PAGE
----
This book is about two people: one, a concierge named Renee, the other a twelve year old girl named Paloma. Both are geniuses trying to hide it. Both live at 7 rue de Grenelle, in an elegant hotel in France.
First off, I really liked this book. And I mean, I really liked it. But I do realize that this book is not for everyone. But I’ll get to that later.
I loved reading this. Most of the chapters consist of philosophical debates and observations, but underlying those are the impressions each person experiences as they go through their every day lives. There is, of course, an overall plot, the events that take place within the hotel.
So of course, the main thing I enjoyed was the intellectual debates that they have within the novel. Renee and Paloma contemplate most of the Big Questions (i.e. What is the purpose of life?), as well as the basis of humanity. Their commentary ranges from absolutely hilarious to extremely insightful, and I found myself laughing through most of it.
Renee, for starters, has a very dry sense of humor, but she also has a lot of fear. She’s scared, almost constantly, that she will get found out. Which, of course, makes for even more entertaining commentaries and scenes. Paloma, on the other hand, does not fear the spotlight, but rather just doesn’t care. She lets people think she’s stupid, because it’s simply easier to get peace and quiet that way. She’s also a bit suicidal. (Well, when I say a bit…) I, personally, found both of these characters absolutely delightful. If I had to choose between the two, I probably would not be able to. And it just made it so much better that the novel switched between their two points of view–something I didn’t realize, and got very confused until I figured it out (I hadn’t read the summary before picking it up off my book shelf. I’d gotten the paperback years ago as a birthday present, but hadn’t been interested in reading it. So of course, I was very confused when in one chapter, the narrator said that they were seven years old, and in another, they were suddenly fifty-four. I had thought, at first, that the book was just bouncing through time, but eventually the events in the hotel started to converge and then I thought, “Huh?” So don’t make the same mistake! Read the summary!)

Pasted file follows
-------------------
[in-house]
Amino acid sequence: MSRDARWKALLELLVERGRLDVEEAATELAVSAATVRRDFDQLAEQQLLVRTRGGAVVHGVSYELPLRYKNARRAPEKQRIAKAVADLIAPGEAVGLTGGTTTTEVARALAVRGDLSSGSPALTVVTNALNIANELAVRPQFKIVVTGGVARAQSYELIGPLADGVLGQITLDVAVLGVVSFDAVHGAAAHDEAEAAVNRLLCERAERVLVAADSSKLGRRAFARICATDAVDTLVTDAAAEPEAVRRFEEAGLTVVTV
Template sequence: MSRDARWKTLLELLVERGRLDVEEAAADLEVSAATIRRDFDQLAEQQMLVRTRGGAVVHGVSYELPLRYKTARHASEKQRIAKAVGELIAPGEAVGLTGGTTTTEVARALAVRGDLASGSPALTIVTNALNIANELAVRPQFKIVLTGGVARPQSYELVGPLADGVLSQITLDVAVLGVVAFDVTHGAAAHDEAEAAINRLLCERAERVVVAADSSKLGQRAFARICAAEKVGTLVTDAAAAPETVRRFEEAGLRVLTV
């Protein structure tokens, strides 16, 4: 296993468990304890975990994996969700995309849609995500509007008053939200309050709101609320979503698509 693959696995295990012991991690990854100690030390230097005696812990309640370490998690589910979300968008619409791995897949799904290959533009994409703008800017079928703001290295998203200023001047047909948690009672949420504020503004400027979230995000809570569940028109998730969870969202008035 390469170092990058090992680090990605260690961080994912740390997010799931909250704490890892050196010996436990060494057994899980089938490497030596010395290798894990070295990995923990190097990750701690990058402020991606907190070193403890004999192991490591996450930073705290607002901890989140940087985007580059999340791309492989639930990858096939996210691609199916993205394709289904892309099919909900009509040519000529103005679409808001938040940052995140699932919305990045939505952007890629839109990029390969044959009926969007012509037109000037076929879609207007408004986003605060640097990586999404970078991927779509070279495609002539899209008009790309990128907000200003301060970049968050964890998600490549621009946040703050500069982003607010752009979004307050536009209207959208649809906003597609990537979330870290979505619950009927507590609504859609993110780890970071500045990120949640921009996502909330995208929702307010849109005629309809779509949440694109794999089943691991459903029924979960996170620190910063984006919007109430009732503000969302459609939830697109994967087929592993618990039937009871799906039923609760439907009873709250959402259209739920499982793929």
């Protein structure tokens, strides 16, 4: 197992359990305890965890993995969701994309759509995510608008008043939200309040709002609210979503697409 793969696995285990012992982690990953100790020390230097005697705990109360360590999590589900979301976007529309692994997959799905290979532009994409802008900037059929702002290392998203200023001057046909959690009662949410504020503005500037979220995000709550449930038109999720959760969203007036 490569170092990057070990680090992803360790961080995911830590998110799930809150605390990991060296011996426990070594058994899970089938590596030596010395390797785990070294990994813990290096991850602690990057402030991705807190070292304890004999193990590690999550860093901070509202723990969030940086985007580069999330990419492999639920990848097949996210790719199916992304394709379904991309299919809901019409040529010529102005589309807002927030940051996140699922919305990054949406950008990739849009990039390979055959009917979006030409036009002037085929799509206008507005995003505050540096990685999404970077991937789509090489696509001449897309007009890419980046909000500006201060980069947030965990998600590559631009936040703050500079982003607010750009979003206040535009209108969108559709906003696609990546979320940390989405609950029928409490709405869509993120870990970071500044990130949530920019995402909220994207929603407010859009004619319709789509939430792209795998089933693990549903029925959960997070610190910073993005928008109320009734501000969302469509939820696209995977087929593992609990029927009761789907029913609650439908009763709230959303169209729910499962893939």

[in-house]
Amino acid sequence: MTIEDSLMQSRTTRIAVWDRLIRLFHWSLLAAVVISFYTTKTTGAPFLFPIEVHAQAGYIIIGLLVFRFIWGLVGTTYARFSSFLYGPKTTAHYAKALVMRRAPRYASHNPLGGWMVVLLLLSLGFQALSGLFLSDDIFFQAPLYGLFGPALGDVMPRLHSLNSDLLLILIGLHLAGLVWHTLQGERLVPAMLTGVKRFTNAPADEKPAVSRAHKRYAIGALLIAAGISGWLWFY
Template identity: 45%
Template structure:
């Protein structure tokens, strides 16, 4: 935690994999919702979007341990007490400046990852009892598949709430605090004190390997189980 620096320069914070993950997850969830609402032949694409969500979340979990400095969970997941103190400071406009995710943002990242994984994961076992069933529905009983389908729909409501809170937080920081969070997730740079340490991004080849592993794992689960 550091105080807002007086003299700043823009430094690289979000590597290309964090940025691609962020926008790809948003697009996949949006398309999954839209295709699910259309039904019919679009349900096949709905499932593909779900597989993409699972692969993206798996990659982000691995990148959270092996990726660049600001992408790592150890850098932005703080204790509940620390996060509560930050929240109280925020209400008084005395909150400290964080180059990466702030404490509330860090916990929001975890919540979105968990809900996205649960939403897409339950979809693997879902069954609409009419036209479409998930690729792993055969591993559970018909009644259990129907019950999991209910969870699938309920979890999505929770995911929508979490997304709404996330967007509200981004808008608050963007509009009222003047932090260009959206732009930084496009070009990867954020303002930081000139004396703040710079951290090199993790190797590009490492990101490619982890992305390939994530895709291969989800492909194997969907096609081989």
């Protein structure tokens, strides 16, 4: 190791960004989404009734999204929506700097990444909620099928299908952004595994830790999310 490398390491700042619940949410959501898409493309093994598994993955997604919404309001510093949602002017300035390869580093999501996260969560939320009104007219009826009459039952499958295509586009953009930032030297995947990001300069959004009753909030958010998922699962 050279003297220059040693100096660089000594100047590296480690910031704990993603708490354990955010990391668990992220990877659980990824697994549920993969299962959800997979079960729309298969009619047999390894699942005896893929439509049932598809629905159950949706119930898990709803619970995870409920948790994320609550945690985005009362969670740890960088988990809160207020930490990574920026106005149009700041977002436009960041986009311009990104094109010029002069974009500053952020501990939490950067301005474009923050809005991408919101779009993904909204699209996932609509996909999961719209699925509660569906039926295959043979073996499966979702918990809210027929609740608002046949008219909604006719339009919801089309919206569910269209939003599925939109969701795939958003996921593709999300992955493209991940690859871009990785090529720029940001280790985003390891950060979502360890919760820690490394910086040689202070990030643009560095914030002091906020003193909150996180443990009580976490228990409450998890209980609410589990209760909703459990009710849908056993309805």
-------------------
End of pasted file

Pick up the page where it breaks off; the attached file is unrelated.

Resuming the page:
I will say this, though: this book is very hard to follow if read out loud to someone else, and it does contain a lot of big words. Just for an example, I’m including an excerpt at the end of this review. Please, please read it before deciding to pick up the book; if you can’t understand it, you should probably hold off reading it for a little while. But you should read it. It’s really good.
This book is a rather harder read, and it does talk about drugs and sex, among other things.
Here’s the excerpt:
Which way lies the truth, in the end? In power, or in Art? Is it not the power of well-crafted discourse which enables us not only to sing the praises of mankind’s creations but also to denounce as a crime of illusory vanity the urge to dominate, which moves us all–yes, all, even a wretched concierge in her cramped loge who, although she may have renounced any visible power, nevertheless pursues those dreams of power in her mind?